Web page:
Back to School

So I finally sat down and talked to someone at the local community college about my EMS degree and a new program. It turns out that I am 4 classes away from my associates degree (an AAS level math, Psych 1105 (Intro Psych), IT 1010 (Intro to computers), and Eng 1101 (basic comp). I didn’t realize I was that close. I also was informed about a new Community Paramedic program that the college is offering for the first time starting this Fall.

The new program consists of 21 hours total over two semesters, almost all of it online. The physical portion of the program consists of several hundred precepted clinical hours in the city. I’m excited and put my application in for it. Apparently it’s a competitive program with 3+ years of EMS, working as a paramedic in a prehospital environment, and approval of service director being some of the requirements. I submitted everything by last Tuesday and found out last Wednesday that I was accepted! So this coming semester it looks like I’ll have 17 credit hours of online classes, plus the critical care program that my company is paying for us to do. Gonna be a busy few months.

I honestly hadn’t realized that I was that close to having my associates degree. If I had I might have put more work into getting it by now. I firmly believe that in the future that AAS-Paramedic programs will be the minimum accepted entry into the ranks of Paramedics. Hell, here in NM there are no more certificate programs. I wish I had gotten my degree as soon as I finished P-school, but that wasn’t in the cards for me.

So here we go. Another busy semester, but one I feel I need to do. I’ll have my degree by May :) And have another CCT cert, and a certificate of completion of Community Paramedicine studies too.

Another loss for NM EMS







Early this morning there was word that a HEMS bird crashed in rural eastern NM. And it proved to be Careflight 5 out of Santa Fe, NM. This hits a lot of us hard because NM EMS IS such a small community. I’m kinda stunned at all of this. I knew that crew, I’ve talked to them on and off at work. And, because I do aviation photography, I have seen that crew at hospitals and taken pictures of their bird. Tri-state Careflight is a good company, and their crews are amazing. They will be missed, greatly. Good thoughts go out to their families, and to everyone that’s hurting tonight.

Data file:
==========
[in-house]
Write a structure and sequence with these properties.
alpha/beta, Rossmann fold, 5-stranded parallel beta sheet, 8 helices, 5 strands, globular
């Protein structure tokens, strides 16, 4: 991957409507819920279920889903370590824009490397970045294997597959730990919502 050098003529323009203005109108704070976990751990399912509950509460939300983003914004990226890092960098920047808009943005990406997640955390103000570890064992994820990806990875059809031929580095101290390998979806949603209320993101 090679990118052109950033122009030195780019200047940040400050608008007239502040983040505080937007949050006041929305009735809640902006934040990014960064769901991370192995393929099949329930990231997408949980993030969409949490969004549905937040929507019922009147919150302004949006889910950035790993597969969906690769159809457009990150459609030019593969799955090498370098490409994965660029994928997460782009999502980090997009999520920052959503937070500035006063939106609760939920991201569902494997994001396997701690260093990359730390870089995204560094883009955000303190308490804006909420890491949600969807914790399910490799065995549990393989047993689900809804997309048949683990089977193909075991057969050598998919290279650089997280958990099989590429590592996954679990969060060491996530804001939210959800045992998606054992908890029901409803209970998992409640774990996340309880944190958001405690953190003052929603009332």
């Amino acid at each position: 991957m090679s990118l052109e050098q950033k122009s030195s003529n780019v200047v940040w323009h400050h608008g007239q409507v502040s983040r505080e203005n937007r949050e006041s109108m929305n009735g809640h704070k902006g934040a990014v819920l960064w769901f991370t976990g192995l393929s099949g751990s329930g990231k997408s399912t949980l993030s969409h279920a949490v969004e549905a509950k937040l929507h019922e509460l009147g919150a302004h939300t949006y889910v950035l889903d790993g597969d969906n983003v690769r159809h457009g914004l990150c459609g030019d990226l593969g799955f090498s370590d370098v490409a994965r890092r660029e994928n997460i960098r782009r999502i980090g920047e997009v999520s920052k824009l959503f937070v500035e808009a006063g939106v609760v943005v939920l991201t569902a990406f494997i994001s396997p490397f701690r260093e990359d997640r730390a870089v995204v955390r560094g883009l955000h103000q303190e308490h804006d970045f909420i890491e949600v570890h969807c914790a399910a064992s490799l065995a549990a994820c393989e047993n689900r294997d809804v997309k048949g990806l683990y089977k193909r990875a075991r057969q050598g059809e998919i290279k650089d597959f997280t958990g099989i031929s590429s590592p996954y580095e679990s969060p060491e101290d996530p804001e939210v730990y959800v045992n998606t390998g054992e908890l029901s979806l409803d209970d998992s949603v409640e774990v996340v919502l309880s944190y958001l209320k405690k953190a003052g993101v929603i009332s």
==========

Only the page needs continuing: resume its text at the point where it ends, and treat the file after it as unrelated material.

RIP Brothers and sister. We have the watch now.


New adventures, Familiar Place

So I have alluded to a new job several times in the past few months on here. And I figured it’s past time to talk about it. As you can tell from the new banner, I have TX and NM represented in that star of life. That’s because I’m now, once again, workin in the state of Texas.

Some of you might remember that three years ago I worked in a small rural TX community as an EMT-I. Well, now I’m back in the same community working as a Paramedic :). I work 7 days on/7 days off. It actually works out well for me. I’ll go into some detail as to what it’s like down here too. But suffice to say, it’s one of my dream jobs. And I’m having a lot of fun overall.

When I worked here before, it was a city run, third service, with pretty typical protocols for this area of Texas. Now, I’m working under flight protocols on a frontier 911 truck. We have some of the broadest sets of guidelines outside of my good friends to the south in Presidio. As a Paramedic I have free reign to use clinical judgement and best practice to deviate from our guidlines, and out critical care medics (more on that in a bit) can perform CVC placements, pericardiocentesis, chest tube insertion, and several other things. The running train of thought is that we can do more in the short term than our little community hospital can, and that they only do scans and give blood (the two things we can’t do at this point).